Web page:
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Cone biopsy increases risk of preterm birth

Obstetrics and gynaecology

Obstetrics and gynaecology

Pregnant women who have had a cone biopsy are at increased risk of late abortion and preterm birth.

Data have been comprehensively collected in Norway for several decades on birth statistics as well as cancer and pre-malignant conditions. The study investigated pregnancy outcomes between 1967 and 2003 and included more than 15,000 women with a previous cone biopsy. These patients were compared with two control groups: women who had not had a cone biopsy (around two million patients) and women whose operation was carried out after pregnancy (around 57,000 patients).

Women with a pre-pregnancy cone biopsy were more likely to have a preterm delivery compared with women whose cone was inserted after pregnancy and those who did not undergo the procedure (17.2% compared with 6.7% and 6.2% respectively). Women who had a cone inserted before pregnancy were also at increased risk of late abortion (<24 weeks) and very early preterm birth (24-27 weeks), with relative risks of 4.0 and 4.4 respectively. Gestationally adjusted birthweight was not analysed as smoking data were not available.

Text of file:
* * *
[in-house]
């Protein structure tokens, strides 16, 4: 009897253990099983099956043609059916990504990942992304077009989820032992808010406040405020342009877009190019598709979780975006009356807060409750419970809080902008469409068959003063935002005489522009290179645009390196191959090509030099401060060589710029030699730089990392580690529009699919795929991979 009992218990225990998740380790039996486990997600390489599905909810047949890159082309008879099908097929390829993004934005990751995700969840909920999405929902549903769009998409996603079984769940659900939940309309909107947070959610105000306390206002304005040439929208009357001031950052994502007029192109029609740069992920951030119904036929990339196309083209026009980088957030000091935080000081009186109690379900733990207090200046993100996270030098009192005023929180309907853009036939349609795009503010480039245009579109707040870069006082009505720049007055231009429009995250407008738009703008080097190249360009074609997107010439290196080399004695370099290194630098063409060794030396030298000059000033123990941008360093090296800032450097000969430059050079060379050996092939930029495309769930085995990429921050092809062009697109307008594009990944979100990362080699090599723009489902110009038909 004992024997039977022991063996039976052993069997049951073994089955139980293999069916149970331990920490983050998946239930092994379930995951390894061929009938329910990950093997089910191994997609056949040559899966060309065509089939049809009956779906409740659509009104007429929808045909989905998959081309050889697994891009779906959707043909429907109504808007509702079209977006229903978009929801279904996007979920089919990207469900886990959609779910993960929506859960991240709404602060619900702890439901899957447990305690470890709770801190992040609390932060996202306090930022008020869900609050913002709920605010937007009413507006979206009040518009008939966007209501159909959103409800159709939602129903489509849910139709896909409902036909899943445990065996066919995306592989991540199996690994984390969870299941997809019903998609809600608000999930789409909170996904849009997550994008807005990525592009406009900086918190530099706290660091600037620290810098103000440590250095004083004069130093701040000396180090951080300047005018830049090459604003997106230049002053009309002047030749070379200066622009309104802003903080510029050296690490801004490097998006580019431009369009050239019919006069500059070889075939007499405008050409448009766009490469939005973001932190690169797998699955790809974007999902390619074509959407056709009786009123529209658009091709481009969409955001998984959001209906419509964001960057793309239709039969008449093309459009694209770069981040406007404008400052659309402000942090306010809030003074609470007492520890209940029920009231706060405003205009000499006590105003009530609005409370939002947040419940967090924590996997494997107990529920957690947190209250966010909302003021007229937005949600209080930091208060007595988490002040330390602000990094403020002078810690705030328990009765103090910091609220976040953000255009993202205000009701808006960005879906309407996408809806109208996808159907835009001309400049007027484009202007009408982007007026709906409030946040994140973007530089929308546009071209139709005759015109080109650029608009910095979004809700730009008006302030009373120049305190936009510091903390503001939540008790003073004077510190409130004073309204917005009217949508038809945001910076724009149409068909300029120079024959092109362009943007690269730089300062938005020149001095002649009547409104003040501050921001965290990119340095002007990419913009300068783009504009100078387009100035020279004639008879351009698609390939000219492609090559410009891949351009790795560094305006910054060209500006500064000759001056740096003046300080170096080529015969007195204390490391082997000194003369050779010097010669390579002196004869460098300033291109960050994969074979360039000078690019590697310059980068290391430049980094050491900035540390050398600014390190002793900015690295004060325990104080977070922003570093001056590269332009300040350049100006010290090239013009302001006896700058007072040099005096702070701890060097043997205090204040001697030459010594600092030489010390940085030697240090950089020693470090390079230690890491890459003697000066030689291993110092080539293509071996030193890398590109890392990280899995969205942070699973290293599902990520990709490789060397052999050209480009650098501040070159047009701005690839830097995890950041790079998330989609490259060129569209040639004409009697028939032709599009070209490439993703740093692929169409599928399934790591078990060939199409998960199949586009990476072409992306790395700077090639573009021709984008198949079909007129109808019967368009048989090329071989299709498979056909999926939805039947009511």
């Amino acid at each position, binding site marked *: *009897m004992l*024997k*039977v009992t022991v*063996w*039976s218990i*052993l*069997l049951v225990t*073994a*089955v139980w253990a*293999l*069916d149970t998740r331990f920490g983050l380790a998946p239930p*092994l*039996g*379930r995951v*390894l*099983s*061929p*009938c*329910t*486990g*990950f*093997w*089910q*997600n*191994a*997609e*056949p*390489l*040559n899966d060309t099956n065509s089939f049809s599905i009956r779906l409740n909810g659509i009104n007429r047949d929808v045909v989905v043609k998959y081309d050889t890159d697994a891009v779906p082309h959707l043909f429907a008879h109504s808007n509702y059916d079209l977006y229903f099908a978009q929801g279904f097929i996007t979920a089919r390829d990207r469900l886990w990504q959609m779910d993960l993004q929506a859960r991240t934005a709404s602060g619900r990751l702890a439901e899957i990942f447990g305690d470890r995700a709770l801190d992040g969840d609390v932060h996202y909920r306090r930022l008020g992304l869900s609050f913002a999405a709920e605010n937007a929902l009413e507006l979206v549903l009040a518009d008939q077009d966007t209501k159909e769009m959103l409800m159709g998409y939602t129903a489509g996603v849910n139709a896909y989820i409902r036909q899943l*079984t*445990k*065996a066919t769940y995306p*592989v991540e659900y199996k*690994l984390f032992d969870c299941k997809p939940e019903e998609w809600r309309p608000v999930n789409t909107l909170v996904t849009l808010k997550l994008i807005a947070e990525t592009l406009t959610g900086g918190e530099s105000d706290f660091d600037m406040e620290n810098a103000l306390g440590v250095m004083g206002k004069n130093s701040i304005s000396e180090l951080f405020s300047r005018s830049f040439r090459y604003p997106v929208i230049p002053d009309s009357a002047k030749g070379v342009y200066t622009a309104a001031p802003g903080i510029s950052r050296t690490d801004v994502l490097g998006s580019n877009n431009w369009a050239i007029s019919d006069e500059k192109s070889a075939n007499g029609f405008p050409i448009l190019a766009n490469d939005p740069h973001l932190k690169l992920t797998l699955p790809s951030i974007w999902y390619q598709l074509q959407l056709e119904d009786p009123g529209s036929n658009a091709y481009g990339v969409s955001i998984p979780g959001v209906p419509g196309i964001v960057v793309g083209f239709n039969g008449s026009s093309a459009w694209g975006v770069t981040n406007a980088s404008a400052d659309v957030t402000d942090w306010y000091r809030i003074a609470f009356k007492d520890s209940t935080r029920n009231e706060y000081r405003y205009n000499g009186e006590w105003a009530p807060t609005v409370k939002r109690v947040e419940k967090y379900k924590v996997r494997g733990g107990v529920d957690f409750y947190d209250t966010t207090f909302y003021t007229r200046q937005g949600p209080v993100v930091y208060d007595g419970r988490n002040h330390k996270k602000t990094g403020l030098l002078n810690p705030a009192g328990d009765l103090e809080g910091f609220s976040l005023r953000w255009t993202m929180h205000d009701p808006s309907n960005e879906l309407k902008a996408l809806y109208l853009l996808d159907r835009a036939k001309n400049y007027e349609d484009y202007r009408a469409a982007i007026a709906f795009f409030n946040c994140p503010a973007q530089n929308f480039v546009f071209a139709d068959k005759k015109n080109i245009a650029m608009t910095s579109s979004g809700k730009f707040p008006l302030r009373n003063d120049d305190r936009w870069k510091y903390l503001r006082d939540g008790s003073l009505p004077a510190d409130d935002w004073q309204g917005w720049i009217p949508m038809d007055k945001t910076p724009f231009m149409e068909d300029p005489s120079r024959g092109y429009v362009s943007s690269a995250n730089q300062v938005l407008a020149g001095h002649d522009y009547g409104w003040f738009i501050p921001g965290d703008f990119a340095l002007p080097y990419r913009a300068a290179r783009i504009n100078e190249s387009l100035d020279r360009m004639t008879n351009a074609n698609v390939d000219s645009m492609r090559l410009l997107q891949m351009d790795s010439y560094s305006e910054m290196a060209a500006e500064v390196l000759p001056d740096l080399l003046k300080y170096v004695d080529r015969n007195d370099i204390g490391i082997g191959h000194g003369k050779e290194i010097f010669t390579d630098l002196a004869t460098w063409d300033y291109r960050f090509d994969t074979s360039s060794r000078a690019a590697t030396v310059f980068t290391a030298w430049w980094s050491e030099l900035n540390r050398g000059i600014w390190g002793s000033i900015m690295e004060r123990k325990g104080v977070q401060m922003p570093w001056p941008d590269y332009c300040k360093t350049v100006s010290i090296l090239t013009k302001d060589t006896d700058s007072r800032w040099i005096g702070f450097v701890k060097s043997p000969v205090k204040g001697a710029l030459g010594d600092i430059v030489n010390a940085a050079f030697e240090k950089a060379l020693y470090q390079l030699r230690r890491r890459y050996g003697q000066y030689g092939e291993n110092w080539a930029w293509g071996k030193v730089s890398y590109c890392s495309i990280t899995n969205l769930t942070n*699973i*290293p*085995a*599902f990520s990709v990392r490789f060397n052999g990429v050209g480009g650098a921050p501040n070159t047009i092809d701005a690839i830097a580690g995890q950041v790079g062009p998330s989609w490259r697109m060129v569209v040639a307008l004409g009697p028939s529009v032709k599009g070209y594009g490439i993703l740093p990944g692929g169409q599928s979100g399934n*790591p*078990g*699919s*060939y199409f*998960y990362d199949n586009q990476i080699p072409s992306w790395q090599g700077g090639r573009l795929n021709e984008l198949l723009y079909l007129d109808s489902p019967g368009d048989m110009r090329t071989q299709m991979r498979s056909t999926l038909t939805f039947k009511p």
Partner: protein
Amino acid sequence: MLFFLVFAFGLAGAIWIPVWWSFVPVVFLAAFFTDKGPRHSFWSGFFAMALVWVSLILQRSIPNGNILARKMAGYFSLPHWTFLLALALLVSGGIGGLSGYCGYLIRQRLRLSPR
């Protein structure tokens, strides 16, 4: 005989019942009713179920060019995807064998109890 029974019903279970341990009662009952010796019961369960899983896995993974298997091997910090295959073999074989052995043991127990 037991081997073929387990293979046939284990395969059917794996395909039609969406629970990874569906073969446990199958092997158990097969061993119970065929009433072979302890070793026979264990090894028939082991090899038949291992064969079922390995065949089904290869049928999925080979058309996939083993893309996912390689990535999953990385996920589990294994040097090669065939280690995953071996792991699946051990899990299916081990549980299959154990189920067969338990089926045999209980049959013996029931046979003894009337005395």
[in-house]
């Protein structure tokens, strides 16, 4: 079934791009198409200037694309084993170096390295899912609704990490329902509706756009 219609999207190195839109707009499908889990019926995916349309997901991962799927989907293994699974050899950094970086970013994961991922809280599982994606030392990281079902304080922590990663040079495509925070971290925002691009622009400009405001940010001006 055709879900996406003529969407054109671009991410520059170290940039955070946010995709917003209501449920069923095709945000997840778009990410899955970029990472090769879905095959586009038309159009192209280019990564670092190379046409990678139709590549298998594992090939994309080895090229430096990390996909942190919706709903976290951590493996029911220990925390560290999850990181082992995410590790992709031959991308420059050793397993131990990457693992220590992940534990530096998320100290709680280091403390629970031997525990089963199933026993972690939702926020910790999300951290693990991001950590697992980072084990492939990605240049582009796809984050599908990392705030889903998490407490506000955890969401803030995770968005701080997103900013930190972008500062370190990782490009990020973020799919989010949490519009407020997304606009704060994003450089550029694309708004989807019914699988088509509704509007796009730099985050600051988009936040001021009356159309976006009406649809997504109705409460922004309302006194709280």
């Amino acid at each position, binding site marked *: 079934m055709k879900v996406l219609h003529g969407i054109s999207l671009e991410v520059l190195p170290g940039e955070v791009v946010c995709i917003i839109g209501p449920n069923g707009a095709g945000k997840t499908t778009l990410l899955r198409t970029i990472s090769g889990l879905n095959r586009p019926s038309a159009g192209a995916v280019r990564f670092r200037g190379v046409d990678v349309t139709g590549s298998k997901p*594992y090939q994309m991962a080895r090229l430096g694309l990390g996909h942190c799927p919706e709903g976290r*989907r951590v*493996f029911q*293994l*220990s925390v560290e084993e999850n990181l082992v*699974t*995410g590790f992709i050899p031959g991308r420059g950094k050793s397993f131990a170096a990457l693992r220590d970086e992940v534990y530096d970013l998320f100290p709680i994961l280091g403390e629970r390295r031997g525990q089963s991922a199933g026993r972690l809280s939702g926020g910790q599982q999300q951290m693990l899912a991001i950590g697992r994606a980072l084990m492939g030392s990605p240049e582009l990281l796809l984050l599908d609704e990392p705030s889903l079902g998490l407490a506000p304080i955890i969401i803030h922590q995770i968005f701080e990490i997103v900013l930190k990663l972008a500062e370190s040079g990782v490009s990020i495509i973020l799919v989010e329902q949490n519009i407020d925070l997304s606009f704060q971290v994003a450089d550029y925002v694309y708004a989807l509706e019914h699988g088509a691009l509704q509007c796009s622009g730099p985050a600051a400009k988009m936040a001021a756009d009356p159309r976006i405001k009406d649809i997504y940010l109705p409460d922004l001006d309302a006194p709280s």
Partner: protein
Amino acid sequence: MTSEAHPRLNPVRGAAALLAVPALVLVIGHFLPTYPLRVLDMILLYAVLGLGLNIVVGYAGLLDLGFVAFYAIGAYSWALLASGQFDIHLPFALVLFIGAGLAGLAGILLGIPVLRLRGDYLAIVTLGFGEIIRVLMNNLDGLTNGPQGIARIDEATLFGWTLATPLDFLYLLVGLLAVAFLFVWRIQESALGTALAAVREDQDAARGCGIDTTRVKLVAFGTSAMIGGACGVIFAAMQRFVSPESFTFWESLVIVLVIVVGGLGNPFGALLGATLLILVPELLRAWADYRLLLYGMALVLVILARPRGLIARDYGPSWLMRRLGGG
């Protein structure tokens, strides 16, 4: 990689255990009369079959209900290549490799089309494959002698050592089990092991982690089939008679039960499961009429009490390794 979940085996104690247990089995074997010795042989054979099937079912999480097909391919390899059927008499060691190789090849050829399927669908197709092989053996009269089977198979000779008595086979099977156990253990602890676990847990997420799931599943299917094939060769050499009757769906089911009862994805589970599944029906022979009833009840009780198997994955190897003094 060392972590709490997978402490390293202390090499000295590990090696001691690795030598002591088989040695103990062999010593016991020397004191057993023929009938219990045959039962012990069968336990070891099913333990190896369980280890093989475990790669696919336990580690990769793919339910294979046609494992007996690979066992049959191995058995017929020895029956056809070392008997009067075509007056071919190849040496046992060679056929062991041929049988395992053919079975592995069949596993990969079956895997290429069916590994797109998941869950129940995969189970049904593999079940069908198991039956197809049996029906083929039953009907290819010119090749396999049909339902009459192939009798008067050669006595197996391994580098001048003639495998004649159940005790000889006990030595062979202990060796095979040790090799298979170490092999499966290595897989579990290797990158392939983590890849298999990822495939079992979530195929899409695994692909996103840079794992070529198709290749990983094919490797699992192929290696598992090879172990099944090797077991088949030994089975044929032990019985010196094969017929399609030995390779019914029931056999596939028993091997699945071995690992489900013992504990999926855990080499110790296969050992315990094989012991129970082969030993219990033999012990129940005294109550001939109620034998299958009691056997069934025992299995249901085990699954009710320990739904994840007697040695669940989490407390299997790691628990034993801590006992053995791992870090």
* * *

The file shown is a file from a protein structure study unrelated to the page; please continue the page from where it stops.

Surgical techniques changed during the study period. Originally, all cones were knife cut, but laser biopsy was introduced in the 1980s and followed by LLETZ (large loop excision of the transformation zone) in the 1990s. These newer techniques usually remove smaller volumes of cervical tissue. A recent meta-analysis looking at excisional and ablative procedures concluded that knife biopsy and radical diathermy of the cervix appear to be more damaging to cervical function in pregnancy.1

The age at which cervical cytological screening commences in England has recently been raised to 25 years. When planning the investigation and treatment of cervical intraepithelial neoplasia, the woman's reproductive potential should always be considered.

It appears that larger volume and hot ablative procedures significantly increase the risks of preterm birth and perinatal mortality.

Albrechtsen S, Rasmussen S, Thoresen S et al. Pregnancy outcome in women before and after cervical conisation: population based cohort study. BMJ 2008;337:1343-8

Reviewer

Dr Chris Barclay
GP, Sheffield

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